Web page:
Program 2: 1846 - 1855 Between the War of 1812 and the Mexican American War that ended in 1848, America experienced an exuberant economic period of growth. And, it was during this time that American authors produced the nation's first great wave of classic literature. In this program, such literary giants as Herman Melville, Walt Whitman, Emily Dickinson and Henry Wadsworth Longfellow make their mark on the American psyche. Chapters: 1849 - Henry David Thoreau Originates America's Proud History of Civil Disobedience 1850 - Nathaniel Hawthorne Writes The Scarlet Letter 1851 - Herman Melville's Moby Dick is Published 1852 - Emily Dickinson Publishes First Poem 1852 - Harriet Beecher Stowe Writes Uncle Tom's Cabin 1855 - Frederick Douglass Publishes My Bondage and My Freedom 1855 - Walt Whitman Publishes Leaves of Grass 1855 - Henry Wadsworth Longfellow Writes The Song of Hiawatha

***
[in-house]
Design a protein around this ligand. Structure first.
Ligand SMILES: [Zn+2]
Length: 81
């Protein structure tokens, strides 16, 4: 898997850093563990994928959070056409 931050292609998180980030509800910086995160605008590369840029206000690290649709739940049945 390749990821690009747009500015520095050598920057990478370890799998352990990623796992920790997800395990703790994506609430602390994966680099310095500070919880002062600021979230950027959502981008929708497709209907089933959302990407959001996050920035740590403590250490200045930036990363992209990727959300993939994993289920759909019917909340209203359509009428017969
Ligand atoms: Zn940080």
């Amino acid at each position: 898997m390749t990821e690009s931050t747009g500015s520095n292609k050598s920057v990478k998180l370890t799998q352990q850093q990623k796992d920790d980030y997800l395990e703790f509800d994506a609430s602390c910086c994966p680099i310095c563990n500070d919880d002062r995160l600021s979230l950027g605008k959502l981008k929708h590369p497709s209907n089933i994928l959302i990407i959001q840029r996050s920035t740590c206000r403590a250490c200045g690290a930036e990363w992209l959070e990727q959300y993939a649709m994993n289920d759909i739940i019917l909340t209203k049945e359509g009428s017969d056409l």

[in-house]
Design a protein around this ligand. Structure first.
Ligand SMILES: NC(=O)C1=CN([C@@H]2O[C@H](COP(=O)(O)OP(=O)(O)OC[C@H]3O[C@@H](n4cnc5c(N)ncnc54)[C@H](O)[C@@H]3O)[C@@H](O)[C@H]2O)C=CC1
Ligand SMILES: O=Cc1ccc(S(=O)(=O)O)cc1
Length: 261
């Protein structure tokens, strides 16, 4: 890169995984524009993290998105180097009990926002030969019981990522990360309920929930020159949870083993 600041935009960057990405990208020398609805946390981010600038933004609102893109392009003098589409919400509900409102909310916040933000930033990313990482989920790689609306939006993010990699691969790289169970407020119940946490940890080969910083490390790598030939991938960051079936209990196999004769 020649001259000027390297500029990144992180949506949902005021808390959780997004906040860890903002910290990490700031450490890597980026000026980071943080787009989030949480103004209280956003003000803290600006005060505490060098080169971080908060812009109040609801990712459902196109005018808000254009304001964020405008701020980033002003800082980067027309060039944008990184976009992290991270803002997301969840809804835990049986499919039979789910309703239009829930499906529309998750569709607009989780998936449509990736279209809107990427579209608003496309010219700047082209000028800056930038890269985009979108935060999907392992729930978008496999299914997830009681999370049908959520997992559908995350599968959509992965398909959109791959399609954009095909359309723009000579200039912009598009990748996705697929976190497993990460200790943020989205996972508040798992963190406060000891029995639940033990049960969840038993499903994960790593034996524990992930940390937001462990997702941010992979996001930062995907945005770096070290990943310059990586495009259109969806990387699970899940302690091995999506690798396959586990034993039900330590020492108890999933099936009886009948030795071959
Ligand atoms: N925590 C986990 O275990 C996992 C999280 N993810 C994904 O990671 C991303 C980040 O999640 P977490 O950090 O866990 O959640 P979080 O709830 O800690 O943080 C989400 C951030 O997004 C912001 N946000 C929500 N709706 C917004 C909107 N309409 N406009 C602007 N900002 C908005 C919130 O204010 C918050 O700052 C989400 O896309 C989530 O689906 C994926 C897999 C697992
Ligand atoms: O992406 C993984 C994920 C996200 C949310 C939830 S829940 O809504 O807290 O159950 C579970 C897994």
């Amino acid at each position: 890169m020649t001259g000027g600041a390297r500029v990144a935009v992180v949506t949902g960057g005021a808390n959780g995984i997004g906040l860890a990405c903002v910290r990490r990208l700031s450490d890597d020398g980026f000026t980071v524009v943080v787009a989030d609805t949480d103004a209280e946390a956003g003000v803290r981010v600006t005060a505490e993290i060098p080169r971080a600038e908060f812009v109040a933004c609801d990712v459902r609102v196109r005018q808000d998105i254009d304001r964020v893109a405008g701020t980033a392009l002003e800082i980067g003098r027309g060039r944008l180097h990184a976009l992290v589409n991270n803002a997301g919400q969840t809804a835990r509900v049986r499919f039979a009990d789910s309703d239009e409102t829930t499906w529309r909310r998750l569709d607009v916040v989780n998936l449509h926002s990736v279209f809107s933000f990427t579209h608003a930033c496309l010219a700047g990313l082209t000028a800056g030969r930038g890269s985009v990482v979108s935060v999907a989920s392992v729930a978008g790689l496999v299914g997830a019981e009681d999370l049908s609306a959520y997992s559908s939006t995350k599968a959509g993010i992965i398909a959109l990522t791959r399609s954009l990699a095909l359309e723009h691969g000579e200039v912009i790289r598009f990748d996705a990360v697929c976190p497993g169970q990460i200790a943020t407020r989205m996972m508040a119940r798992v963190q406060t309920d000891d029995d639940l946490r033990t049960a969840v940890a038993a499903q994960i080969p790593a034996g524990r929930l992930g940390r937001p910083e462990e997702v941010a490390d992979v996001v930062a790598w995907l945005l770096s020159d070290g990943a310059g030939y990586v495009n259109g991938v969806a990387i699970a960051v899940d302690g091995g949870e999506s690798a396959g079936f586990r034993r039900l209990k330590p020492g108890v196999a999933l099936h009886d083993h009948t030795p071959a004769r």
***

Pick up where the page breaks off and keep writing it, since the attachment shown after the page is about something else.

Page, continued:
Program 3: 1856 - 1906 After the Civil War the modern American novel took shape ... It was led by Louisa May Alcott, Mark Twain and Henry James. It was also the time that the American literary voice came from everyone and from everywhere. Chapters: 1868 - Louisa May Alcott Writes Little Women 1878 - Henry James Writes Daisy Miller 1885 - Mark Twain Publishes The Adventures of Huckleberry Finn 1906 - The Whole Country Speaks 1906 - Upton Sinclair's Novel The Jungle is Published

Program 4: 1907 -1925 During this time frame America lost its innocence. Its writers now began to struggle with the problems that accompanied modernization and industrialization. It was also the beginning of the lost generation of American authors. Chapters: 1913 - Poet William Carlos Williams Publishes His First Book of Poems, The Tempers 1914 - Carl Sandburg Publishes his Poem Chicago 1920 - Edith Wharton Wins a Pulitzer Prize for The Age of Innocence 1922 - The Innovators: e. e. cummings, Ezra Pound, T.S. Eliot and Henry Miller 1923 - Robert Frost Publishes Stopping by Woods on a Snowy Evening 1925 - F. Scott Fitzgerald Writes The Great Gatsby